Studying for any type of examination can be a stressful experience. Every student differs and therefore the studying methods and hacks that work for one person might not work for another. So, how do you know whether you’re studying in the most effective way, and how can you give yourself the best possible chance of success in your upcoming exams?

The successful students tend to be those who take a step back and evaluate their study methods. They may not necessarily spend more time studying than others, but evaluating what they are doing and how they are doing it helps them to make better use of their time and energy. Today we discuss approaches to study, your frame of mind and some general tips to help you better prepare for your upcoming exams.

Studying Methods

We’ve been brought up to believe that studying in a quiet space in silence is the right way to take in information and prepare for exams. This may be true for some individuals, but there are others who benefit from listening to some calm background music, for example, to keep them relaxed and focused. Let’s discuss a few studying techniques:

  • Set study goals/plans: You don’t want to find yourself with just hours to go until your exam without having completed any study. At the beginning of your course, set yourself some study goals and plans. If you have 10 modules to learn for said exam, section the time you have to study into ten parts – give yourself enough time to study each module thoroughly.
  • Visual aids: It may be common for students to write up their lesson notes or passages from course books, but this can be very repetitive and sometimes dull. Try making studying visual – organise the information you need to remember into charts, maps, diagrams and visual concepts to help it stick.
  • Test yourself: This may seem fairly obvious, but many students forget to test themselves before an exam and to ask tutors for past exam papers. Doing a mock paper under exam conditions helps reduce any nasty surprises cropping up on exam day.
  • Mouth to mouth: Studying doesn’t have to be a one-man show. It can be helpful to work with a study partner or in a study group. Often by talking with others, you’ll keep motivated and learn new information that you may not have picked up on your own. Use this time to explain your answers to exam questions to get feedback. It also helps to know you’re all in the same boat. In addition, you should also be taking advantage of your lecturer’s knowledge – don’t be afraid to ask them for some advice and guidance.
  • Embrace technology: Learning has evolved considerably from the days of simply pen and paper. You can now use the likes of relevant podcasts, forums, videos, mobile apps and online tools to study. Have you tried recording yourself reading your exam notes and then listening back?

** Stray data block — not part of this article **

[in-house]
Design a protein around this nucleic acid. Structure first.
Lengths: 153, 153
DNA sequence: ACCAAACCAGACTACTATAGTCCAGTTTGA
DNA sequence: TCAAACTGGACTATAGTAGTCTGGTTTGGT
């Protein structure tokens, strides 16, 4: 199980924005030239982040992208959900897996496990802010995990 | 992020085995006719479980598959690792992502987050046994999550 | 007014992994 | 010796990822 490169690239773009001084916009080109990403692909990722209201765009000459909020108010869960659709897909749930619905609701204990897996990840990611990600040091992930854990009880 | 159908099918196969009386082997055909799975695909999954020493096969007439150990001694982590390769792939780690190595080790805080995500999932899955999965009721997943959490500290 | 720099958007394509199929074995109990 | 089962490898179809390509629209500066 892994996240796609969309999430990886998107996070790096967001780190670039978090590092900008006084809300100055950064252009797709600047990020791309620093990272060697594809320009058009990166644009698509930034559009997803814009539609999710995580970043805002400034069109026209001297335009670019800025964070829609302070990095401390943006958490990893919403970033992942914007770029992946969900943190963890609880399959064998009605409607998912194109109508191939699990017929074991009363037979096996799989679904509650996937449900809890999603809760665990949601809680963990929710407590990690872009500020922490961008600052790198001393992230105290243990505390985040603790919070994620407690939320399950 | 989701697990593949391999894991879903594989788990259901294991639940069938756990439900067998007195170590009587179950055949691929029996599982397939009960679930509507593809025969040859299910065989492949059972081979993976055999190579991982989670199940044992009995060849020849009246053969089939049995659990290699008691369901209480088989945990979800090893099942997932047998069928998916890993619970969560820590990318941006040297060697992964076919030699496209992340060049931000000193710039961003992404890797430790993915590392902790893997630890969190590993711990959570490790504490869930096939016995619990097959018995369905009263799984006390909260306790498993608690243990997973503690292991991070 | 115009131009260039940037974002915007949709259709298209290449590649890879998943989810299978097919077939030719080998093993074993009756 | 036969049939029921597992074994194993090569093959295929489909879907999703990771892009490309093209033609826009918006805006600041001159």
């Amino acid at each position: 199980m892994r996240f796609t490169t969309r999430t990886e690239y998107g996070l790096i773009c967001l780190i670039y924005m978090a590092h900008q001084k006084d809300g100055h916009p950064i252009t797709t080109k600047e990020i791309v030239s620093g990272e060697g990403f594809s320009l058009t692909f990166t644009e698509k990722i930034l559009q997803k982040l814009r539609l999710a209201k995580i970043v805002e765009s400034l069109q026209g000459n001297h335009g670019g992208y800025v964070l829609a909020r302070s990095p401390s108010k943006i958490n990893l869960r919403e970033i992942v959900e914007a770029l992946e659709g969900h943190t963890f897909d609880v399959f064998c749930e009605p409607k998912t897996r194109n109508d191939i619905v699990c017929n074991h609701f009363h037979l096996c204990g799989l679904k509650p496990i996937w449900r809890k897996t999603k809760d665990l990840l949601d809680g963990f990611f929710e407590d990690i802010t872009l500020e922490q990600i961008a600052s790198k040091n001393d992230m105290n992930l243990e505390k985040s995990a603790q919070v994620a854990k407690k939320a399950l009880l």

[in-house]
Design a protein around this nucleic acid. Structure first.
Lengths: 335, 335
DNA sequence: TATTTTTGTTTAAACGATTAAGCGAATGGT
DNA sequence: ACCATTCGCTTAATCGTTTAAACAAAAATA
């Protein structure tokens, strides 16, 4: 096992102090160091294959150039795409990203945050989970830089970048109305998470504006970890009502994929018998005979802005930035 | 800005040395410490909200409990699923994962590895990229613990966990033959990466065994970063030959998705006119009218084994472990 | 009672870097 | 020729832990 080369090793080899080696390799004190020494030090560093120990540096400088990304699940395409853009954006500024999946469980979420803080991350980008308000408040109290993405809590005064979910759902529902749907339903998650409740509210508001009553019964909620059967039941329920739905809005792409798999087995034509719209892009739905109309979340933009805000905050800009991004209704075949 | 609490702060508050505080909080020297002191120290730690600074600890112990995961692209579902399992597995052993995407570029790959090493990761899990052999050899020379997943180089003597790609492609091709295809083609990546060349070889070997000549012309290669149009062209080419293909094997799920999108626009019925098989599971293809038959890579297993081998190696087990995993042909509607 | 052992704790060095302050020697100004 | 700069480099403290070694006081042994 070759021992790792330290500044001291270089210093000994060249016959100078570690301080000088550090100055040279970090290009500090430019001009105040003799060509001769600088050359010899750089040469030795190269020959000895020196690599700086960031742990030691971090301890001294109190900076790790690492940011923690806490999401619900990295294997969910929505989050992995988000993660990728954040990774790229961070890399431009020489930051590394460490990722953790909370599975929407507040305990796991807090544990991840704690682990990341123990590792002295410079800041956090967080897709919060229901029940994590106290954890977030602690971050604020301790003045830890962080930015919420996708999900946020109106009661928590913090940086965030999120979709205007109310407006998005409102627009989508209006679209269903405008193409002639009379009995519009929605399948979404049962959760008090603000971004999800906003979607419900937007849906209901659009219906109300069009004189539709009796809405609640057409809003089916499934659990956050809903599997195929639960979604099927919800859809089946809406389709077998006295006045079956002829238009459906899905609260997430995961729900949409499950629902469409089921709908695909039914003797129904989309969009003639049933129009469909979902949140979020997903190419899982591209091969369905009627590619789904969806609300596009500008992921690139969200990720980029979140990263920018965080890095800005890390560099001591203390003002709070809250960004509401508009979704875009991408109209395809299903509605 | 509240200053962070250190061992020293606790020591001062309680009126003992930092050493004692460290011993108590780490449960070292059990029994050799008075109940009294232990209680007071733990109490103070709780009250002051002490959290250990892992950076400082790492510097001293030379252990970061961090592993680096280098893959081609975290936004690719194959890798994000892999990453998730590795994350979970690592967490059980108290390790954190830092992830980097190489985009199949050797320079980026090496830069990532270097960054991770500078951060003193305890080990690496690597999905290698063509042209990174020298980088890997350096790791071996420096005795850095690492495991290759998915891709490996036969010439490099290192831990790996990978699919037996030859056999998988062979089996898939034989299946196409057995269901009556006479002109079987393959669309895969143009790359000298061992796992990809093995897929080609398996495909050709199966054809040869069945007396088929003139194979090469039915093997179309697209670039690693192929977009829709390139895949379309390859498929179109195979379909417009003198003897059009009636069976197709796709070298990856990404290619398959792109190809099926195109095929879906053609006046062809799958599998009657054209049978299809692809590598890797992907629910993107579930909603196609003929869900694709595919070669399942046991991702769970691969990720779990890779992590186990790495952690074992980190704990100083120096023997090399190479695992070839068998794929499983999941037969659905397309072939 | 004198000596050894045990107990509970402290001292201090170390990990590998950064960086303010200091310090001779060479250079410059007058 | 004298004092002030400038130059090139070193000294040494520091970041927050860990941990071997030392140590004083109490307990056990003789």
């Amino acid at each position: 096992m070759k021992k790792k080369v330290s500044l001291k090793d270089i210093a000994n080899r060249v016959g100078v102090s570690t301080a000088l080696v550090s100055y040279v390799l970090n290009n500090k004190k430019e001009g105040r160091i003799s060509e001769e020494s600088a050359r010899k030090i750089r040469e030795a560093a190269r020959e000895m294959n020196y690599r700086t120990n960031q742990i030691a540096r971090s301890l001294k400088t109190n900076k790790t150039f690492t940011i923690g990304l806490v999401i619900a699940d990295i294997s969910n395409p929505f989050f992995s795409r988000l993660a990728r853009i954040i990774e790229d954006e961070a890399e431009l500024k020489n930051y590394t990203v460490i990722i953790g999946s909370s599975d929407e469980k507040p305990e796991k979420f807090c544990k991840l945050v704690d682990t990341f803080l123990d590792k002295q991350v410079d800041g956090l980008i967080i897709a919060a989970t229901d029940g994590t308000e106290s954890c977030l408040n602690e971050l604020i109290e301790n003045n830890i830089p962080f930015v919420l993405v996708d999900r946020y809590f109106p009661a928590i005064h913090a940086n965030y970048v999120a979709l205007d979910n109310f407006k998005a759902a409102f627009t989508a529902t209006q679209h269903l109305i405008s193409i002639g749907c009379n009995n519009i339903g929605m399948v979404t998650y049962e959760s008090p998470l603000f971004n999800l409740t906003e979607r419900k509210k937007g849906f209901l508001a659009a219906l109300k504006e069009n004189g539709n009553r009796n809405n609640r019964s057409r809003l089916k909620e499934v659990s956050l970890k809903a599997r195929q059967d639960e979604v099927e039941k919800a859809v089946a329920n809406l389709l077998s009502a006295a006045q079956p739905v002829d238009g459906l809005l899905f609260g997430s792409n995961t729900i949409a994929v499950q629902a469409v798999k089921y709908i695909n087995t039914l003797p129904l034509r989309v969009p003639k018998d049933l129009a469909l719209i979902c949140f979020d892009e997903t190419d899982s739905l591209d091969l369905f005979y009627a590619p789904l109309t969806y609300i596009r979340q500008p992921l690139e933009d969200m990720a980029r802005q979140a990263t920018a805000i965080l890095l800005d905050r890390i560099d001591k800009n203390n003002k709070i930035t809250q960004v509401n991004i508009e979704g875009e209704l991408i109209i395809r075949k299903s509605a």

Frame of Mind

Studying can feel draining and hectic at times, but the key to successful study sessions is staying positive. Stress can get to us all, but it’s worth remembering that your attitude and frame of mind can have a big impact on the amount of study you get done and the effectiveness of your learning process. Try to keep positive and if you feel worried, try to relax, take some deep breaths and give some gentle exercise a go. Focus on positive outcomes and how you can use your strengths to achieve them.

Additional Study Tips

If you want to give yourself the best possible chance of acing your exams, try to implement as many of the below as you can – let your mind and body work as one:

  • Take good notes: A good knowledge base comes from great note taking. Fight the urge to be unproductive in your lectures and remember quality not quantity is key – focus on the right information such as key words and concepts as this will save you time when it comes to revising. Start a new page for each lecture (use a notepad not individual pieces of paper) and focus on the lesson’s learning outcomes. Make sure you keep your notes in order and in one place.
  • Study space: You could prefer solo study in a library or group study in a friend’s dining room; whatever your preference, it’s important to minimise distractions. If one distraction is your phone, turn it off or have it out of arm’s reach. If you have noisy housemates, pop in your headphones and listen to some serene music – it’s best to avoid songs with lyrics.
  • Break it up: It can actually be counterproductive to study for hours on end. Break up your day, set up a manageable routine and take regular breaks – a healthy life/study balance is vital.
  • Sleep/exercise: If you find yourself getting restless, see if you can shake the feeling with some exercise. At the same time don’t overexert yourself, and make sure you get enough sleep.
  • Diet: If you want to keep your body in optimal condition to study, it’s important to keep hydrated and eat well. Don’t be tempted to snack on the likes of chocolate and drink endless cups of coffee and energy drinks – however tempting they may be. Opt for slow-releasing energy foods like oats and apples to keep your blood sugar up and drink lots of water.
  • Reward yourself: Last, but certainly not least, it’s important to recognise the work you have put into studying. It’s beneficial to set yourself a goal, and then reward yourself when you reach it.

Looking to study a higher education qualification? Contact UKCBC today – we’re here to help – or browse our HND, top-up degree and AAT courses. Got any successful study tips of your own? Comment below!

 

Leave a Reply

Your email address will not be published. Required fields are marked *

38 − 37 =